Data Analytics vs Data Science: Two Separate, but Interconnected Disciplines


The current working definitions of Data Analytics and Data Science are inadequate for most organizations. But in order to think about improving their characterizations, we need to understand what they hope to accomplish. Data analytics seeks to provide operational observations into issues that we either know we know or know we don’t know. Descriptive analytics, for example, quantitatively describes the main features of a collection of data. Predictive analytics, that focus on correlative analysis, predicts relationships between known random variables or sets of data in order to identify how an event will occur in the future. For example, identifying the where to sell personal power generators and the store locations as a function of future weather conditions (e.g., storms). While the weather may not have caused the buying behavior, it often strongly correlates to future sales.

Data Analytics vs Data Science

The goal of Data Science, on-the-other-hand, is to provide strategic actionable insights into the world were we don’t know what we don’t know. For example, trying to identify a future technology that doesn’t exist today, but will have the most impact on an organization in the future. Predictive analytics in the area of causation, prescriptive analytics (predictive plus decision science), and machine learning are three primary means through which actionable insights can be found. Predictive causal analytics precisely identifies the cause for an event, take for example the title of a film’s impact on box office revenue. Prescriptive analytics couples decision science to predictive capabilities in order to identify actionable outcomes that directly impact a desired goal.

Separating data analytics into operations and data science into strategy allows us to more effectively apply them to the enterprise solution value chain. Enterprise Information Management (EIM) consists of those capabilities necessary for managing today’s large scale data assets. In addition to relational data bases, data warehouses, and data marts, we now see the emergence of big data solutions (hadoop). Data analytics (EDA) leverages data assets to provided day-to-day operational insights. Everything from counting assets to predicting inventory. Data science (EDS) then seeks to exploit the vastness of information and analytics in order to provide actionable decisions that has a meaningful impact on strategy. For example, discovering the optimal price point for products or the means to increase movie theater box office revenues.  Finally, all of these insights are for nothing if they are not operationally fused into the capabilities of the larger enterprise through architecture and solutions.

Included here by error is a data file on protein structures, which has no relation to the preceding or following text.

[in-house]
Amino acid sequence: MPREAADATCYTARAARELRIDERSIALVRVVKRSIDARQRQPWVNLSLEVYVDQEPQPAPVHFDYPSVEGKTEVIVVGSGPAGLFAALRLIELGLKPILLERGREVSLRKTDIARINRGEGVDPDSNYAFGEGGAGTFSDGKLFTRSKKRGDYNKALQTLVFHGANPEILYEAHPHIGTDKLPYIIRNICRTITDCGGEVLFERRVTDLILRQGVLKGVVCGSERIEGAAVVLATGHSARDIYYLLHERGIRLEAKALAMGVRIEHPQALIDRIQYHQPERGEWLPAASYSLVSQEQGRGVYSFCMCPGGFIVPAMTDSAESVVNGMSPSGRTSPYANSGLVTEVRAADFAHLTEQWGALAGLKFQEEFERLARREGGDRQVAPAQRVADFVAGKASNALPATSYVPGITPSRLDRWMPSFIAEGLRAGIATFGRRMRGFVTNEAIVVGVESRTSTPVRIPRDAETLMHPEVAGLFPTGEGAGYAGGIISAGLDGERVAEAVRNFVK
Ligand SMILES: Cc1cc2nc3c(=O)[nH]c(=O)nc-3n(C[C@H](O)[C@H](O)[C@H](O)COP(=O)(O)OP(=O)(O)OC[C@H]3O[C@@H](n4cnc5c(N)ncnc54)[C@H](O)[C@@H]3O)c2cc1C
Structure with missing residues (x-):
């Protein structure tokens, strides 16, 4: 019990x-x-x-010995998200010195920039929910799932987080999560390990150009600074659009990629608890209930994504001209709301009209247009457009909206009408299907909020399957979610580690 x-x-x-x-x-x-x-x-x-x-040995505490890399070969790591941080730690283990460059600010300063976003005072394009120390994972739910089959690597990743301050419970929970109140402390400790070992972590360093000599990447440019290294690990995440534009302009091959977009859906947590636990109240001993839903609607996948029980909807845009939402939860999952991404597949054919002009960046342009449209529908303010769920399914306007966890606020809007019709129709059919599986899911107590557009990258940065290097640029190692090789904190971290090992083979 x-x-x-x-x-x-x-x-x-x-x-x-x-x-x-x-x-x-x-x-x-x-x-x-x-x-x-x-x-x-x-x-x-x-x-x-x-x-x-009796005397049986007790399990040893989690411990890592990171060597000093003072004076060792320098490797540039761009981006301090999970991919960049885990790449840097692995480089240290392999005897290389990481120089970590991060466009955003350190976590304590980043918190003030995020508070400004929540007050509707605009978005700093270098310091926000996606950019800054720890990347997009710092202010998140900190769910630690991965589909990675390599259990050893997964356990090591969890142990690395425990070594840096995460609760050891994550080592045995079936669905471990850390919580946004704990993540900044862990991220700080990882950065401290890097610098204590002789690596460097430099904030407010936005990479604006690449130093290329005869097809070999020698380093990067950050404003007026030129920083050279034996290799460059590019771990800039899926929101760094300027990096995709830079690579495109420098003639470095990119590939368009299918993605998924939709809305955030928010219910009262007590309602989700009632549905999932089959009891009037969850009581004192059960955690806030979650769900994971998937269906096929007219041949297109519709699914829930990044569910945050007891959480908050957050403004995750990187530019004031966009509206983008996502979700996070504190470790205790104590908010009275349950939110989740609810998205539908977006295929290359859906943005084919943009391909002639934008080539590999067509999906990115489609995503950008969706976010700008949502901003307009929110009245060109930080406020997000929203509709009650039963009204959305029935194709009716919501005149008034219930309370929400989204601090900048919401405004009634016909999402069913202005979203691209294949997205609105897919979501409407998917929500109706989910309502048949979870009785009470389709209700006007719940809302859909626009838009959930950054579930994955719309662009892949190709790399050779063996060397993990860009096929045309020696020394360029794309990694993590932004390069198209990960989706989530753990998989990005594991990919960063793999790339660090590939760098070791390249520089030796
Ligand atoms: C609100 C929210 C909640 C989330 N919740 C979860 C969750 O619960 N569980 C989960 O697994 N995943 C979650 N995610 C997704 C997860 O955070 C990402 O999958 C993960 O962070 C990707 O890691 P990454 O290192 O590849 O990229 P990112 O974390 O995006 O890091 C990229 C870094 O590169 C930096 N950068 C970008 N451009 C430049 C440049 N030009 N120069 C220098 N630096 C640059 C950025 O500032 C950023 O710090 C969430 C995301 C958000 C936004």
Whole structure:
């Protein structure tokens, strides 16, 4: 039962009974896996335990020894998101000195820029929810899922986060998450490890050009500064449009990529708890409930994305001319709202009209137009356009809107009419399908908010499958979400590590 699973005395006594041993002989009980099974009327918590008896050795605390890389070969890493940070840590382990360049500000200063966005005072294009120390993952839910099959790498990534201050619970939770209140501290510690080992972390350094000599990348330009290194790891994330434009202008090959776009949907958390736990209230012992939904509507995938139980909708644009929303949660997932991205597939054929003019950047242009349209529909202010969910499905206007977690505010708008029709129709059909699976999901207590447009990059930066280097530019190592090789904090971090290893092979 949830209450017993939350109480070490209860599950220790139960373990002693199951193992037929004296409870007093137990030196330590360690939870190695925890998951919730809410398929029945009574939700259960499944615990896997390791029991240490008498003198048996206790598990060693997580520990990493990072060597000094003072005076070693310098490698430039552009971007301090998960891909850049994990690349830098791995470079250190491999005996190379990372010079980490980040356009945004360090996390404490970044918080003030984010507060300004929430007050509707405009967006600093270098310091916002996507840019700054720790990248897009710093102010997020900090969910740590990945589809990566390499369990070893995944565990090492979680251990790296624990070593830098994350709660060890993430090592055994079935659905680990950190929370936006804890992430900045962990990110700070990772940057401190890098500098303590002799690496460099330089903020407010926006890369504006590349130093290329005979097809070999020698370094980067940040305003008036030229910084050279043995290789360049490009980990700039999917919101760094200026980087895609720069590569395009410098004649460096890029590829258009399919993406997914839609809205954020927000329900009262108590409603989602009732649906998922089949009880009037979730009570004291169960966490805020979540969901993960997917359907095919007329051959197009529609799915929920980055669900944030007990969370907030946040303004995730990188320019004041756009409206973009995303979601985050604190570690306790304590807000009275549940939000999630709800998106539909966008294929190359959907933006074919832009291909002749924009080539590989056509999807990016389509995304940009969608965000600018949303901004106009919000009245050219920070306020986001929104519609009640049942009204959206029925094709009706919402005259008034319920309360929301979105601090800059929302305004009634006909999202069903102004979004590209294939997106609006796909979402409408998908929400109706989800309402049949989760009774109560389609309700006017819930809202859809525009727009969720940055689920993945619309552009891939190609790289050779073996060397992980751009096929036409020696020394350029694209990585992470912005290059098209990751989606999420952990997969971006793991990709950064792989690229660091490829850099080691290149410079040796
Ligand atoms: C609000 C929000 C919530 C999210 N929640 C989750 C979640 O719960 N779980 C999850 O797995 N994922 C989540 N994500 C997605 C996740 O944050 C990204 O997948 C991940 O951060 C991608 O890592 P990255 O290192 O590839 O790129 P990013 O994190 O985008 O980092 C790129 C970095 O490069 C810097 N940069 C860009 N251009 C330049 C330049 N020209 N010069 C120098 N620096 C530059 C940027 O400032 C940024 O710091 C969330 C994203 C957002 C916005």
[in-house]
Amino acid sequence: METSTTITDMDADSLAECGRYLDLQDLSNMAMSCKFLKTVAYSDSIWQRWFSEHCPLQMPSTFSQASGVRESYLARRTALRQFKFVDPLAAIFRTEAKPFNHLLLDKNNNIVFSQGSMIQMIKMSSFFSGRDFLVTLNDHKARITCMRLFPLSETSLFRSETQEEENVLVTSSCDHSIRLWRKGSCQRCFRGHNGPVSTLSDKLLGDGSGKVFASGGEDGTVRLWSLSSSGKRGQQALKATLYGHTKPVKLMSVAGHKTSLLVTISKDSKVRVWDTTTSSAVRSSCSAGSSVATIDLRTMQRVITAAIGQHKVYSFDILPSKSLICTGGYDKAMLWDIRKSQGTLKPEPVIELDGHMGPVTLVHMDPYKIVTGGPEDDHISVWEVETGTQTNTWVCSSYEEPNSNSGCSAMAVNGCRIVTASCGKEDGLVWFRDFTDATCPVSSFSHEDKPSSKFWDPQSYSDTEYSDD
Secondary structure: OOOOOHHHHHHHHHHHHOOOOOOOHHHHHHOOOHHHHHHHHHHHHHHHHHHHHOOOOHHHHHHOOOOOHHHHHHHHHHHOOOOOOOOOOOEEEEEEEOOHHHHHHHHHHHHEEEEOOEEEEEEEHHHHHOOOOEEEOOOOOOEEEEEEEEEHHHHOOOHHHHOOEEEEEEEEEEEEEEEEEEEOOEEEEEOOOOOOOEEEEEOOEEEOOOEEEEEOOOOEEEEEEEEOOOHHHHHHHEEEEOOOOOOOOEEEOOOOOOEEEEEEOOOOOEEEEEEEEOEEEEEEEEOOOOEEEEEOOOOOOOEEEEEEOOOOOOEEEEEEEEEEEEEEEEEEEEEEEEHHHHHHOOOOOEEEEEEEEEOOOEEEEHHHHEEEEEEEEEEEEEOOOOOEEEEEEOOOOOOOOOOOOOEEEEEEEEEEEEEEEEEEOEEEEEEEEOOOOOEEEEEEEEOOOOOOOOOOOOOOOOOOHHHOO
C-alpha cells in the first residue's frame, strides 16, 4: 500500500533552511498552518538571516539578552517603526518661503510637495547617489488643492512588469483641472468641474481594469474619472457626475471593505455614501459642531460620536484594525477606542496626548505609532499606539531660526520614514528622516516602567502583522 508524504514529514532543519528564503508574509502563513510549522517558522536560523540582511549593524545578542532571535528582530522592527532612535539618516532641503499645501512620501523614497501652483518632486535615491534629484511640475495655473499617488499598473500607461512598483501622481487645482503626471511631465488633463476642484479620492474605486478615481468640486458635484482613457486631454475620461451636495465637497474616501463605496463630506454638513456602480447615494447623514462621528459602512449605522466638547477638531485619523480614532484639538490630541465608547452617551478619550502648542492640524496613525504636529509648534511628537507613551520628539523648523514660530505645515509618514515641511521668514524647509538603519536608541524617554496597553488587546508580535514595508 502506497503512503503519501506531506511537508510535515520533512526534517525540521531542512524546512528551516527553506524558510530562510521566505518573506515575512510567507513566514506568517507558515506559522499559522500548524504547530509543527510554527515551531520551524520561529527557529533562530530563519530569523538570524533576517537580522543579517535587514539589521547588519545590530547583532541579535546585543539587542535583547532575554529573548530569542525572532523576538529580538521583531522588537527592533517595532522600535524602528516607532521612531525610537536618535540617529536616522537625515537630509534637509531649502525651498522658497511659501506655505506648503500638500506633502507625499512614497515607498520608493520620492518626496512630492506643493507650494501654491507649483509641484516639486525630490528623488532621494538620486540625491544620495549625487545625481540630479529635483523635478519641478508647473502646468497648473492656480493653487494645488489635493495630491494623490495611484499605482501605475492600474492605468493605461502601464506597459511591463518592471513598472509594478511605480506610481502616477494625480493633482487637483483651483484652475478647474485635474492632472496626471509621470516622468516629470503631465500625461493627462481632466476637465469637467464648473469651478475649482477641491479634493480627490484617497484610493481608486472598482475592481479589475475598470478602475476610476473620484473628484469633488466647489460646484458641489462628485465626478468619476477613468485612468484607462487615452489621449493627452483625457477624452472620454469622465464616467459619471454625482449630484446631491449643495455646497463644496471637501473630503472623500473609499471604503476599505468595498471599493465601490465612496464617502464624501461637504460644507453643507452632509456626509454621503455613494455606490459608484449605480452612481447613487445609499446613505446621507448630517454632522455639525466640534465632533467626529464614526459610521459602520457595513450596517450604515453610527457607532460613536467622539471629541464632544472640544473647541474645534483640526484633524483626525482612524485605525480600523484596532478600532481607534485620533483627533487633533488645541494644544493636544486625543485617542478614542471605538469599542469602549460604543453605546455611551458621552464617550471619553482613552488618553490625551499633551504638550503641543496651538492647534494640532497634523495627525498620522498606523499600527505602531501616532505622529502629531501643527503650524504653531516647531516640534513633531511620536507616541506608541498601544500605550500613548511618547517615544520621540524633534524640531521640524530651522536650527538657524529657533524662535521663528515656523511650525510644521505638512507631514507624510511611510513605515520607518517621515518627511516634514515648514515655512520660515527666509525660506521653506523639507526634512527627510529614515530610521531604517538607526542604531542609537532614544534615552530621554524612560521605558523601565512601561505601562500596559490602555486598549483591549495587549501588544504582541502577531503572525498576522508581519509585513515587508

Data Analytics vs Data Science 2

Data science is about finding revelations in the historical electronic debris of society. Through mathematical, statistical, computational, and visualization, we seek not only to make sense of, but also provide meaningful action through, the zero and ones that constitute the exponentially growing data produced through our electronic DNA. While data science alone is significant capability, its overall valuation is exponentially increased when coupled with its cousin, Data Analytics, and integrated into an end-to-end enterprise value chain.

Categories: Data Analytics, Data Science

Tags: , , , ,

3 replies

  1. Analysis is a part of any scientific research and it is a first step in building a theory. The second step is synthesis, that actually builds or creates a theory. It is also important to remember that science is not about results, but a about a methodology to get them. With a global trend to simplification of everything (the best marketing slogan: you don’t need to know anything in order to use . . . ), I do not think that we need to degrade Science to the level of operational techniques.

  2. Reblogged this on Since 1997 and commented:
    Great article for those pursuing data-based career

Leave a Reply

Fill in your details below or click an icon to log in: Logo

You are commenting using your account. Log Out / Change )

Twitter picture

You are commenting using your Twitter account. Log Out / Change )

Facebook photo

You are commenting using your Facebook account. Log Out / Change )

Google+ photo

You are commenting using your Google+ account. Log Out / Change )

Connecting to %s

%d bloggers like this: